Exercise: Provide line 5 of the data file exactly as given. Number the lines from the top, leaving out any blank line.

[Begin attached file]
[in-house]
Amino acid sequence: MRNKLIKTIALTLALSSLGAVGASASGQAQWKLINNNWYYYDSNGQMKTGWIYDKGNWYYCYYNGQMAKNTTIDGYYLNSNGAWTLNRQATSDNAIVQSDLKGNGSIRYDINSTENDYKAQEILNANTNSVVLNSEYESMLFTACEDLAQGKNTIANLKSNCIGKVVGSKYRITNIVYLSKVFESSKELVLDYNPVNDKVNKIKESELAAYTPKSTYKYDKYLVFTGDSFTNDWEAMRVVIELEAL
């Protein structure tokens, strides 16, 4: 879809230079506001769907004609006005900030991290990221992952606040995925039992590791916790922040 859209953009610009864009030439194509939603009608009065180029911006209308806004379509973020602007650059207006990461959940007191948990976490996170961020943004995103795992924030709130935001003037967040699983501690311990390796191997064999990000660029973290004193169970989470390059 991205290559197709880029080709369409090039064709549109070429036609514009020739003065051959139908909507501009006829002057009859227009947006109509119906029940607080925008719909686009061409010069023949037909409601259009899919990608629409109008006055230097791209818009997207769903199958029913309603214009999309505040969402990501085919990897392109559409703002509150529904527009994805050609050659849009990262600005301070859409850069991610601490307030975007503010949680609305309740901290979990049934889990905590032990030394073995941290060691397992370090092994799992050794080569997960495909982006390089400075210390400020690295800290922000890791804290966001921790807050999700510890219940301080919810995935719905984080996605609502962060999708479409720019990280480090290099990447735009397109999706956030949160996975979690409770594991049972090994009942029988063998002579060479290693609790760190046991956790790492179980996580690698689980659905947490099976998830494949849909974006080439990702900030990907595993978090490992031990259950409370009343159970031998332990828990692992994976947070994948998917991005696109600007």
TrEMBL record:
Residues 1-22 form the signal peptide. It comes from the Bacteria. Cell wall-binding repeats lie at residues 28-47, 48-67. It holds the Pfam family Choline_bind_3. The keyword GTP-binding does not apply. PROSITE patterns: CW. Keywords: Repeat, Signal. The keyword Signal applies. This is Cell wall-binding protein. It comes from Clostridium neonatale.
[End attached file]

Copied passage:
Residues 1-22 form the signal peptide. It comes from the Bacteria. Cell wall-binding repeats lie at residues 28-47, 48-67. It holds the Pfam family Choline_bind_3. The keyword GTP-binding does not apply. PROSITE patterns: CW. Keywords: Repeat, Signal. The keyword Signal applies. This is Cell wall-binding protein. It comes from Clostridium neonatale.